And here's my problem. If you write a work full of powerful symbols and poetry, a work where angels are agents of pain and casino's deal in blood rather than money, then you should not use those symbols and that poetry to convey dubious lessons straight from a self-help book. It's as if I'm reading a volume by Rilke, and it turns out that Rilke is acting as a ghost writer for dr. Phil.

"Face your fears, learn to trust in your own capacity for loving, and then everything will be all right!" No, it won't. One's capacity for loving does not remain untouched by others, as if all of us have an immutable core that cannot be tainted. Love is the opposite of invulnerability; it makes no sense to believe that my capacity to love cannot be harmed by my upbringing and the betrayals of those who ought to have loved me. It is possible to hurt people in such a way that their capacity to love will be forever imperfect.

That is a hard truth and a tragic truth; but what is poetry for if it is not for teaching us hard and tragic truths? Why did we invent angels, if it was not to hurt us?
[...] For beauty is nothing but
the beginning of terror, that we are still able to bear,
and we revere it so because it calmly disdains
to destroy us. Every Angel is terror.
Now, I may be reading Their Angelic Understanding in the wrong way, and I would be delighted to hear different interpretations. But as far as I can see, the piece uses what are often very powerful tools to convey a message that is quite superficial. This is my basic ambivalence. There is much to love here. But my joy is tarnished by the sense that behind the poet, dr. Phil is grinning at me.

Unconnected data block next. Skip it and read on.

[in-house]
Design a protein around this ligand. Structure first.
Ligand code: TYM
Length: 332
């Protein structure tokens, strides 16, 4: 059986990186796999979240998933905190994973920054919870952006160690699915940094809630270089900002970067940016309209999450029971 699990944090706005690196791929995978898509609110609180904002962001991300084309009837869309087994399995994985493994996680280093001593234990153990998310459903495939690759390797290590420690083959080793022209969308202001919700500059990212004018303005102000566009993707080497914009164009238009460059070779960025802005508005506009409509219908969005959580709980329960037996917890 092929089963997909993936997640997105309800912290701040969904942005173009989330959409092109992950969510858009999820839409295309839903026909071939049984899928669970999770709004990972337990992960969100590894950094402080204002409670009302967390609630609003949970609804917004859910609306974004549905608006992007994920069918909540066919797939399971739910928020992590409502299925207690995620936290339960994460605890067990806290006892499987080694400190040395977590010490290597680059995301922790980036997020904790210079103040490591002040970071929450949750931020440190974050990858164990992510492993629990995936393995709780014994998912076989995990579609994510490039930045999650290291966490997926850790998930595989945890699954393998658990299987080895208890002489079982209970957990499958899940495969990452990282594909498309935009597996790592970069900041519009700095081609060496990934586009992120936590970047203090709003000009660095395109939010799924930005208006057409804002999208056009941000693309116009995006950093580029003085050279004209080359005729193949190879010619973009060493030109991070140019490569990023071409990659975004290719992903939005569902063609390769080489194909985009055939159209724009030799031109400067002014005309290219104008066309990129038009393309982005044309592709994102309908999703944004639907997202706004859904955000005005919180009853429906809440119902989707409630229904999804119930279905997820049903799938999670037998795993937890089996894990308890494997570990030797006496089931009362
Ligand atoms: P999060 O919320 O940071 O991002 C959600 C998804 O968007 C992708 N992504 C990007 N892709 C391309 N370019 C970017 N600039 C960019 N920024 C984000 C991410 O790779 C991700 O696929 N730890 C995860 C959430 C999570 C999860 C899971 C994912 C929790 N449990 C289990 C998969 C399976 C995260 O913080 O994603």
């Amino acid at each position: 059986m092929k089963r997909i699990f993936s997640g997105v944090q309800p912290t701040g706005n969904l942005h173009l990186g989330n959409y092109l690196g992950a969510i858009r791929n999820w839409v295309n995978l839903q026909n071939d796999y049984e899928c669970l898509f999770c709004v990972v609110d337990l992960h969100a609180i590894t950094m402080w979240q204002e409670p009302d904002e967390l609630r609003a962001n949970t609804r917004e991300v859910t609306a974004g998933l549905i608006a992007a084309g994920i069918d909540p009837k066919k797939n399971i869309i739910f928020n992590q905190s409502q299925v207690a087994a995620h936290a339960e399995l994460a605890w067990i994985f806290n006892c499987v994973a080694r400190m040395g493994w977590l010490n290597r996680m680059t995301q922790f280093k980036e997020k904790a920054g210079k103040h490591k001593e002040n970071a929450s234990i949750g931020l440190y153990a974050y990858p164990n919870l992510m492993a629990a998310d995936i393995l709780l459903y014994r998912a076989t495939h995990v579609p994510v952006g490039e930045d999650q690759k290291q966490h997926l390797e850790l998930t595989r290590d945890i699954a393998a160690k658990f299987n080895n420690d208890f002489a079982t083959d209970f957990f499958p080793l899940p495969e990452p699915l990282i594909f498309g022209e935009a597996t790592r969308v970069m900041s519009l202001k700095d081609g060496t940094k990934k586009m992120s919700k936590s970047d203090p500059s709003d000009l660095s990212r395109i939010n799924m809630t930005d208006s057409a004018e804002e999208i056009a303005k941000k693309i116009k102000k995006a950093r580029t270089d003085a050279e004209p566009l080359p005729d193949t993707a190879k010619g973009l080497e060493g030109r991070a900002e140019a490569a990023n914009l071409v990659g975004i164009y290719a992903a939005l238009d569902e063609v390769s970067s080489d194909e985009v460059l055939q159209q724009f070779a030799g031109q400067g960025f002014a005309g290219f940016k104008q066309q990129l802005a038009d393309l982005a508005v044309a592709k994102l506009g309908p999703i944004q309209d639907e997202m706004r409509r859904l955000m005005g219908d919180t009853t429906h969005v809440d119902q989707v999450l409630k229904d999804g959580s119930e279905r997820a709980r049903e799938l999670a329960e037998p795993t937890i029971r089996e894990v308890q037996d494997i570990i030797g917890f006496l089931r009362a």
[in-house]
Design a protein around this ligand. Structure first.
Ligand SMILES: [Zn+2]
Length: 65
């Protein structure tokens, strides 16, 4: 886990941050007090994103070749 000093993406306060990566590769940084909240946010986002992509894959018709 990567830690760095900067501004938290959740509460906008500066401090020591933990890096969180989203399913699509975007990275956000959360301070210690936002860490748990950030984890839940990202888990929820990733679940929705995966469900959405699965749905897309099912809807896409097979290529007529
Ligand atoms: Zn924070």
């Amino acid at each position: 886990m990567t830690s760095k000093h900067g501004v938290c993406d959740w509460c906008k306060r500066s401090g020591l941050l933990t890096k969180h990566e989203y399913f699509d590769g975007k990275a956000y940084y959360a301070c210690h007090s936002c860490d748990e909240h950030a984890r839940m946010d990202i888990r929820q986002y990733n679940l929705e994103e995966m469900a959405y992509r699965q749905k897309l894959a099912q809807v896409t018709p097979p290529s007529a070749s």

My temporary rating is 8 out of 10. Perhaps that will go up later; because, don't get me wrong, this will probably be one of the best games in the competition. And yet, I cannot truly embrace it.


  1. There are three aspects of this work that refute any comparison with Dr. Phil.

    1. The self is formed in a plural form -- as they.
    2. These selves are formed not by taking the self as object of thought, or encountering self as an object of beauty, or through self-reflection, but by putting on a face to be seen by others.
    3. These one-selves are formed in the repeated experiences of mis-recognition by others and the process of dis-identification with one's self.
    4.The object the journey is justice for the complicit listener. And the appropriate end depends entirely on the player's understanding of what justice might be in each playing instance. Playing makes justice and justice is made in the playing.

    -- This game does not offer journey into a banal self-help orthodoxy. This could happen if a player filled the productive gaps in the text with the coherence of an equation like this: face=self=identity=self-love. If this happens, then the post-play, critical reading of the game repeats the formative processes of mis-recognition that produce the player-character as one-selves. As the PC wanders a future world in search of justice, so the game wanders through the pages of the web in a series of misrecognitions that may, or not, produce a just reading.

    A work that casts the words of war poet Rupert Brookes, "a radiance of wings," into a dystopian future where the search for justice requires a return to the city from a monastic retreat into facelessness, cannot be easily reduced to a rote Dr. Phil-istinism. If Rilke removed the divine, but kept the sublime, of an O so human angel, Porpentine exiles the sublime from the human realm and posits a process of selving-toward-unpredictable-justice that is radically social, external, contingent. radically, precisely because once the decision to "face" the world, makes one-selves perpetually contingent upon the responses, usually inaccurate, of others.